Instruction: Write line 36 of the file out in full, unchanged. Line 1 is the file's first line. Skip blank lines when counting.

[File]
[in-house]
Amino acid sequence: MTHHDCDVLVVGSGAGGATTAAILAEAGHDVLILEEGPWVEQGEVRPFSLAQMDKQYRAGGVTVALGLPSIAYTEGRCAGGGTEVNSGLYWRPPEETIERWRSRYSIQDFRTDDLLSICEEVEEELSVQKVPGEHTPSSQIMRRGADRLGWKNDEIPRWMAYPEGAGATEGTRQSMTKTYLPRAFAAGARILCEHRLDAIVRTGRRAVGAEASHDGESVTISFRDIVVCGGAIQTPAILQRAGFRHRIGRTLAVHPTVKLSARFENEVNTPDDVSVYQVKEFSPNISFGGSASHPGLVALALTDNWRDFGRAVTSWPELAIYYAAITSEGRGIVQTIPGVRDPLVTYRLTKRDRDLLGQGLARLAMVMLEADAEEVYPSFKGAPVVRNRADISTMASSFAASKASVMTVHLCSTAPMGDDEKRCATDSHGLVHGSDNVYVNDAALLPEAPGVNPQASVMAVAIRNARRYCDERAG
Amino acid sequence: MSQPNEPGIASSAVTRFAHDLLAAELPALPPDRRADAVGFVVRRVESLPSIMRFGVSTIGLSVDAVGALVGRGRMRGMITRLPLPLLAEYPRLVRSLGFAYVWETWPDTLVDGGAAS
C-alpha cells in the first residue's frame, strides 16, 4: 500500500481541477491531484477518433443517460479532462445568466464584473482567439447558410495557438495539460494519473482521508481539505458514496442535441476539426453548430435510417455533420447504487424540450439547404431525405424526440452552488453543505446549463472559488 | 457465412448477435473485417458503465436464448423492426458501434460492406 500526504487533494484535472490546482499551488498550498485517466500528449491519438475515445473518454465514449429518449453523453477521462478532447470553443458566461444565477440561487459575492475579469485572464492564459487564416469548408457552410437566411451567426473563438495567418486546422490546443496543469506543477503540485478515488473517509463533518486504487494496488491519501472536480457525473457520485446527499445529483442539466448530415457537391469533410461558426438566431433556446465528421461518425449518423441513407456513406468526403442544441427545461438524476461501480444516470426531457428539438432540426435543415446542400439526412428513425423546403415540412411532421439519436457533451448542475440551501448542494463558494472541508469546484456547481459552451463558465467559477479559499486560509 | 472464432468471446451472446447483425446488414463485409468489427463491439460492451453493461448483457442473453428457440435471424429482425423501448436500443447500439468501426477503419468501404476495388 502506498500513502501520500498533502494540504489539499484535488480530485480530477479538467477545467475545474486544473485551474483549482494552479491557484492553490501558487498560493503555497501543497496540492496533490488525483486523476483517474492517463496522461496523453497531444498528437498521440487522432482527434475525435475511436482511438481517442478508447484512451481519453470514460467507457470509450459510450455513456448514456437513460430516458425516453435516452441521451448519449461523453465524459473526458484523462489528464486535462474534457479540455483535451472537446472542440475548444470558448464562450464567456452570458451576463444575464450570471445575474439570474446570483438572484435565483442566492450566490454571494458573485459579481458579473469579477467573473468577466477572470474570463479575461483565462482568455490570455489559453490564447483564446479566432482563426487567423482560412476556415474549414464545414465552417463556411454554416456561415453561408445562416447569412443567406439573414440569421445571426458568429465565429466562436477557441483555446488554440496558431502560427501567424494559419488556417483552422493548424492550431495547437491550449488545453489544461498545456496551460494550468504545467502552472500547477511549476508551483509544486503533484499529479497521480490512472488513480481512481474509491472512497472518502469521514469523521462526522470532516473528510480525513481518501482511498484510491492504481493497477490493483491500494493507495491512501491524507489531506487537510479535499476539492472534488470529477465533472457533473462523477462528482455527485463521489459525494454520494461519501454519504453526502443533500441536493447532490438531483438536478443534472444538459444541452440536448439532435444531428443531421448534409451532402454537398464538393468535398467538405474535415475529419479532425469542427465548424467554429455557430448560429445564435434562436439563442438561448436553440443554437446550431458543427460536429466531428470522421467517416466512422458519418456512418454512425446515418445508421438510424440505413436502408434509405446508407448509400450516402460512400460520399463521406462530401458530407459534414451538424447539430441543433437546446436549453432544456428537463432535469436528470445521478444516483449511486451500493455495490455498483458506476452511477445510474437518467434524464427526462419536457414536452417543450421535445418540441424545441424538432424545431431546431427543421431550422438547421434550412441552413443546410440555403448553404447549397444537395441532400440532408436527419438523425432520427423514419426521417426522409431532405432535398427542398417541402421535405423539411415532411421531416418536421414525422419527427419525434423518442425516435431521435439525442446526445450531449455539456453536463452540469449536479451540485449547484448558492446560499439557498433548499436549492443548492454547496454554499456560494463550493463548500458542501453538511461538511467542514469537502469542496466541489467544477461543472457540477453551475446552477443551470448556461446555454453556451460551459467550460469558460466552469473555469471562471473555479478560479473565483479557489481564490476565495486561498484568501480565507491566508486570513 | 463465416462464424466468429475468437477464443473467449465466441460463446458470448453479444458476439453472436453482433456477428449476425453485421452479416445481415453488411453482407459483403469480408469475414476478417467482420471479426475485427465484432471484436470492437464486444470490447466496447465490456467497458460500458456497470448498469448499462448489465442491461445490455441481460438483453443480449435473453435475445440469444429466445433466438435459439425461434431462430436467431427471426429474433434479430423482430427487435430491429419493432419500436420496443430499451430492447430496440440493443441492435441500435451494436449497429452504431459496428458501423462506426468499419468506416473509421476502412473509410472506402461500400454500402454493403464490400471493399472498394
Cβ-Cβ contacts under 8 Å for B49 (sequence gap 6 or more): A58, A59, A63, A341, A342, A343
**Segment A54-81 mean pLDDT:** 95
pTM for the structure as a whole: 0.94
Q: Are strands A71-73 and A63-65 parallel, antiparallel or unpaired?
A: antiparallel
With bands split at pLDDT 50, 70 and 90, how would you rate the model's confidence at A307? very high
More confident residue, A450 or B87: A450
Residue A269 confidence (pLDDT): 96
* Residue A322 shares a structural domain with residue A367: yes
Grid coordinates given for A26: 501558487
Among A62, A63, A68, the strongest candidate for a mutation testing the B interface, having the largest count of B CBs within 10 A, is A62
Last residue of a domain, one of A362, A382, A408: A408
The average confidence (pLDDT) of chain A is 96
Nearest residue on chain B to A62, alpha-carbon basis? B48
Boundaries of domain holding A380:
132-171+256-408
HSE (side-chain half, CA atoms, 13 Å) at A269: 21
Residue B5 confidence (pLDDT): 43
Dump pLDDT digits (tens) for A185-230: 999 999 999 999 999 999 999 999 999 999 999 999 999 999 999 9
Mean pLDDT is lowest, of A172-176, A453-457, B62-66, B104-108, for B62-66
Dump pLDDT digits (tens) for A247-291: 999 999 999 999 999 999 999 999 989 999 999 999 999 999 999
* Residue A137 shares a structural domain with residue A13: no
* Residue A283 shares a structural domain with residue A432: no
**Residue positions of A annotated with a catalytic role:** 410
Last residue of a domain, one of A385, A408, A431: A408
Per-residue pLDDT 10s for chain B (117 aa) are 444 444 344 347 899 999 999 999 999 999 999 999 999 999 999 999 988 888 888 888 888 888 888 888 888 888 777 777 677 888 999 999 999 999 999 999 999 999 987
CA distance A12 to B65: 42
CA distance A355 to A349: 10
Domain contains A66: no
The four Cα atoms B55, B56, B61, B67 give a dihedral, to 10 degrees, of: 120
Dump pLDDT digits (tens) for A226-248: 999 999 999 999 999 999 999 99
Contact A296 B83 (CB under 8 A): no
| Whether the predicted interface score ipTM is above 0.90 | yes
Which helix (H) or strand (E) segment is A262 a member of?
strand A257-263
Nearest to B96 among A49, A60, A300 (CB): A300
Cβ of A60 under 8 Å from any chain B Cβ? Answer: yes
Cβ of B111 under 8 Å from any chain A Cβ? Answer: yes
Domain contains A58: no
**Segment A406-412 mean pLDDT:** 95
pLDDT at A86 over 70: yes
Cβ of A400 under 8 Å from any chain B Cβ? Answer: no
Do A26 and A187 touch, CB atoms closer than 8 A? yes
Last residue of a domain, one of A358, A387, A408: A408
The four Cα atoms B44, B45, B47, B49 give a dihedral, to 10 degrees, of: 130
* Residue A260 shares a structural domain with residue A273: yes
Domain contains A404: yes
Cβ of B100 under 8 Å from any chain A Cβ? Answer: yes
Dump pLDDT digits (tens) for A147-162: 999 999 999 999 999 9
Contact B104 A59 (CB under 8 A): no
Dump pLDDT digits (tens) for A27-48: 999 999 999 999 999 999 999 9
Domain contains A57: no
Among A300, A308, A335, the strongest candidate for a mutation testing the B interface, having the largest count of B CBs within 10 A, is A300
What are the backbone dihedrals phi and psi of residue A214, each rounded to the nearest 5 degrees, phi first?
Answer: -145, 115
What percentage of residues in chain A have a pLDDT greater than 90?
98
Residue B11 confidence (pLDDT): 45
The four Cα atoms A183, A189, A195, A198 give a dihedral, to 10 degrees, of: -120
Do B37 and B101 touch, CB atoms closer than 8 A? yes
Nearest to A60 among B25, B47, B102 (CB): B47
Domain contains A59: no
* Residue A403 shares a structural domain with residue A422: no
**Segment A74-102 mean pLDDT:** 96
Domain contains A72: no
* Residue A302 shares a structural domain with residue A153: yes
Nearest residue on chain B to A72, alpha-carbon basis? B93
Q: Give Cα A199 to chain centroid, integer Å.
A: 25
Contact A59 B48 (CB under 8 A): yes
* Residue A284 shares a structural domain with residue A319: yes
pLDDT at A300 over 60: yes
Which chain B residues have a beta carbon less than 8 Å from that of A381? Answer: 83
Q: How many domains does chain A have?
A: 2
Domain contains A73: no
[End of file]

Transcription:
Contact A296 B83 (CB under 8 A): no